Top News

Plastic bag ban must be mandated by province, MNL says

Municipalities Newfoundland and Labrador president Tony Keats. - www.municipalnl.ca
Municipalities Newfoundland and Labrador president Tony Keats. - www.municipalnl.ca

 

Municipalities Newfoundland and Labrador (MNL) is stressing the responsibility for any ban on single-use plastic bags in the province must fall on to the provincial government and not towns.

At MNL’s annual general meeting in Corner Brook last month, members voted overwhelmingly in support of a resolution presented by the Town of Torbay calling for a provincially mandated ban.

The resolution specifically called on MNL to request the provincial government prohibit all retail stores from providing customers with single-use plastic carryout shopping bags, reaffirming a commitment to an existing policy position determined in 2015.

Both the 2015 and 2017 resolutions reason that 275 individual municipal bans will result in an uneven patchwork of conflicting municipal regulations.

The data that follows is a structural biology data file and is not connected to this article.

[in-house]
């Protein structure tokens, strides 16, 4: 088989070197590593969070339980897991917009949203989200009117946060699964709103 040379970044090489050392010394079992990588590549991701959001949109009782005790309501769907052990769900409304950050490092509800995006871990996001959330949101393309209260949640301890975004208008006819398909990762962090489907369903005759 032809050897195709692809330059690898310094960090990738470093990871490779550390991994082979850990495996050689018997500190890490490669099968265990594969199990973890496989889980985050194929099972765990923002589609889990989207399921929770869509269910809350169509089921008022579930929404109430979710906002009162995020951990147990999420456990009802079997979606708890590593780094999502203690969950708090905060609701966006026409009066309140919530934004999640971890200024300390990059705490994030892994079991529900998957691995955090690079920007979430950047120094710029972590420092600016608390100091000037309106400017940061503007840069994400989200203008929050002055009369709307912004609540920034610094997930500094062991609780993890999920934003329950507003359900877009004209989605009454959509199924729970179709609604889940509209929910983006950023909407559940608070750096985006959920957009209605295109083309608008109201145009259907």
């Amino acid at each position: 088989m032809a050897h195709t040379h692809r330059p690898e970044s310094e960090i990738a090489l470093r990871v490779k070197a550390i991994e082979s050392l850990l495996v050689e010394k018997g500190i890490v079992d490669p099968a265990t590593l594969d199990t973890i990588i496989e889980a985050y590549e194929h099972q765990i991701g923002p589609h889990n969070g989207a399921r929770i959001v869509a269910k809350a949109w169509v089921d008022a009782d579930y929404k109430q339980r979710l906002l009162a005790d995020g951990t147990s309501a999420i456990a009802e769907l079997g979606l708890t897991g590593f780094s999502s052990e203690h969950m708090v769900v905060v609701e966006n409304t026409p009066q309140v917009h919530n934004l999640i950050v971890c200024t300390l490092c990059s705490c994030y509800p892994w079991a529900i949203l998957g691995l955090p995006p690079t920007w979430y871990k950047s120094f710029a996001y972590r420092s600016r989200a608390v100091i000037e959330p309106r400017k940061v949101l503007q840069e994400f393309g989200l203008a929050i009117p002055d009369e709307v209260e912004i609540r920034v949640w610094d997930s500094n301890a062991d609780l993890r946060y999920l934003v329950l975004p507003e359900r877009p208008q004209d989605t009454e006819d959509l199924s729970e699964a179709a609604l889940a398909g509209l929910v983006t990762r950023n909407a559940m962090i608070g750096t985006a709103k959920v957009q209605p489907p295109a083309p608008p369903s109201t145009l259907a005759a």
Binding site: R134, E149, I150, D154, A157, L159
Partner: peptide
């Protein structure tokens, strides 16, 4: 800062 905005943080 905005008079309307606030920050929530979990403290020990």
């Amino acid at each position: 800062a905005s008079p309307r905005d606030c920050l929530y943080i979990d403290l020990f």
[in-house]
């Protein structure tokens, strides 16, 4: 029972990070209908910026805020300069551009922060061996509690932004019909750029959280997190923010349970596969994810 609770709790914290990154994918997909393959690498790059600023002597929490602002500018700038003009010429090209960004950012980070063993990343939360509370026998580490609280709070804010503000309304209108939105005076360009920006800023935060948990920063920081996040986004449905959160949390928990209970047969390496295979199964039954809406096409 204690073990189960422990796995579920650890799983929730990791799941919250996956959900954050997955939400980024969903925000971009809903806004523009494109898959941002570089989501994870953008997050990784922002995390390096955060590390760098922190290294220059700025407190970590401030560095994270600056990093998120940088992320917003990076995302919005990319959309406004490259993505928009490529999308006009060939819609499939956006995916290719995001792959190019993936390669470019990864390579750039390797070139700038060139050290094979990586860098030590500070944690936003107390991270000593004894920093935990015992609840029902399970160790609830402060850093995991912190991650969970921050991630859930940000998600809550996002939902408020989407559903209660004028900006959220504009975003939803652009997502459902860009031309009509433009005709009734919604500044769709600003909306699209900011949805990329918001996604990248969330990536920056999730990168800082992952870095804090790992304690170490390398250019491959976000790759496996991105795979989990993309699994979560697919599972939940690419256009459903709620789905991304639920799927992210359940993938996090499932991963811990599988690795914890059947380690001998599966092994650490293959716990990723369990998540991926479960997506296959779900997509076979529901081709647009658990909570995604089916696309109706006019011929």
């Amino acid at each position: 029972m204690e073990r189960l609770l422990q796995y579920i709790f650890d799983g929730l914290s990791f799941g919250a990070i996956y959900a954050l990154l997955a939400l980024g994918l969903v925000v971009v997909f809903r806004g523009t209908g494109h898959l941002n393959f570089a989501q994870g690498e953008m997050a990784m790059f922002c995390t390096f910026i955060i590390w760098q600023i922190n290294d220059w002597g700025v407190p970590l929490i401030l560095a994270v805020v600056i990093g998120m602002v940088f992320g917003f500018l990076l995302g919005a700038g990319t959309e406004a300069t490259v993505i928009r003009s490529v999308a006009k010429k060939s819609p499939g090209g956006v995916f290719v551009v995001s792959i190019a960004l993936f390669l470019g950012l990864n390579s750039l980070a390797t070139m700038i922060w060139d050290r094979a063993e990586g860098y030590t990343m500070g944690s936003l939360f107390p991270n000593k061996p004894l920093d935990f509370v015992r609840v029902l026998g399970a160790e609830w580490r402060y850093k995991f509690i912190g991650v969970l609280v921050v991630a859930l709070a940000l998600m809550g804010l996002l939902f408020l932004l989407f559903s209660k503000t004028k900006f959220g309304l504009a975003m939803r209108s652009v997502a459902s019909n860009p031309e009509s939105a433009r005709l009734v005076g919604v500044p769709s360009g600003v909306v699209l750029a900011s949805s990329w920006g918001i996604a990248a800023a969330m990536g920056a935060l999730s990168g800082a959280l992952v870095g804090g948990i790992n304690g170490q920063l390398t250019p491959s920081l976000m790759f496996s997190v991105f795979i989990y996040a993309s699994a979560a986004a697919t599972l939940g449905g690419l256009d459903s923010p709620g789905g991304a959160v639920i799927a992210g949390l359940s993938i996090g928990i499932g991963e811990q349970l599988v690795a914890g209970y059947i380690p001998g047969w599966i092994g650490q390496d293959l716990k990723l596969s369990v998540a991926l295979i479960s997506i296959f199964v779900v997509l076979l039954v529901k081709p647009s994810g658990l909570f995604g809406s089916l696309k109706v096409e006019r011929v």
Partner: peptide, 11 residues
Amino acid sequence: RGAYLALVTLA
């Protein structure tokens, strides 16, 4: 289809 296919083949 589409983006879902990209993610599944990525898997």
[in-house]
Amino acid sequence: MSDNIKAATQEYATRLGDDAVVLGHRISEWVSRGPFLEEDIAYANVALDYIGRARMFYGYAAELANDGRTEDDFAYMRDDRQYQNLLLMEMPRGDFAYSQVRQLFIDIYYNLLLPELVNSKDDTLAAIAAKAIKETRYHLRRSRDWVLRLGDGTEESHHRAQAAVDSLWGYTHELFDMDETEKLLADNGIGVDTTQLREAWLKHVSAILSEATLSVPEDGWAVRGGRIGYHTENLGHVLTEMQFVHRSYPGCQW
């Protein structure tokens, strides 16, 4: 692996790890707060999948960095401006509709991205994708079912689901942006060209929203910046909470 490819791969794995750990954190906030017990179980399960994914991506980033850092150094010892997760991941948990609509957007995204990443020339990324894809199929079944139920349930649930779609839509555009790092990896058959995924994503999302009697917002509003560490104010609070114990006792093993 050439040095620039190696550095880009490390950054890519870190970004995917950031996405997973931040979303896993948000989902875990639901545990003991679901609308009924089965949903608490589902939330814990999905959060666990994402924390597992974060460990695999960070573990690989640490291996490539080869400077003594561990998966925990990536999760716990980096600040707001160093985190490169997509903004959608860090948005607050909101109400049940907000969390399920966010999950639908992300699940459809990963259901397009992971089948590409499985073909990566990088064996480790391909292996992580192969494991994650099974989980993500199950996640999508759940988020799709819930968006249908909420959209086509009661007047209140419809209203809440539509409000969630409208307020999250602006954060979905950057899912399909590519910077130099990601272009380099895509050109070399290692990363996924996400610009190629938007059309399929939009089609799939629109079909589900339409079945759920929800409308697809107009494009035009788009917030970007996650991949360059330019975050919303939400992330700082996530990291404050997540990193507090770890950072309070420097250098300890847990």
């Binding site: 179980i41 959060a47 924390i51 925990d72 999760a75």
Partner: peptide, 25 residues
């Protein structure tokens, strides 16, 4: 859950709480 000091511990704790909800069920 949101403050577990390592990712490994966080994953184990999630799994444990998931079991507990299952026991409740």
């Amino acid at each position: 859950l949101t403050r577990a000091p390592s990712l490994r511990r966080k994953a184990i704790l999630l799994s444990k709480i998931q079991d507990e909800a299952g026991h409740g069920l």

MNL president Tony Keats said regulation of the retail sector is a provincial responsibility, and MNL and its members do not support an amendment to the Municipalities Act that puts the onus of a ban onto municipalities.

"The provincial government must understand that most municipalities don’t have the administrative capacity to implement or enforce this ban at the local level," Keats said in a news release Tuesday.

"We can only do this if a ban on single-use plastic bags happens at the provincial level. Doing it at the municipal level will be expensive, complicated, and it just won’t work."

According to MNL, its position on a provincial ban on single-use plastic bags has received widespread public support, within the environmental sector and with business groups.

"Despite store bag recycling programs, biodegradable bag experiments, and widespread incentives to adopt reusable bags, there are still 100 million single-use plastic shopping bags used each year in our province that require approximately 1.6 million litres of oil to produce, adding considerably to our carbon footprint,”

"On top of that almost 50 per cent of all windborne litter escaping from landfills is plastic, much of it single-use plastic bags that end up tangled in trees or floating in our inland and coastal waters."

Recent Stories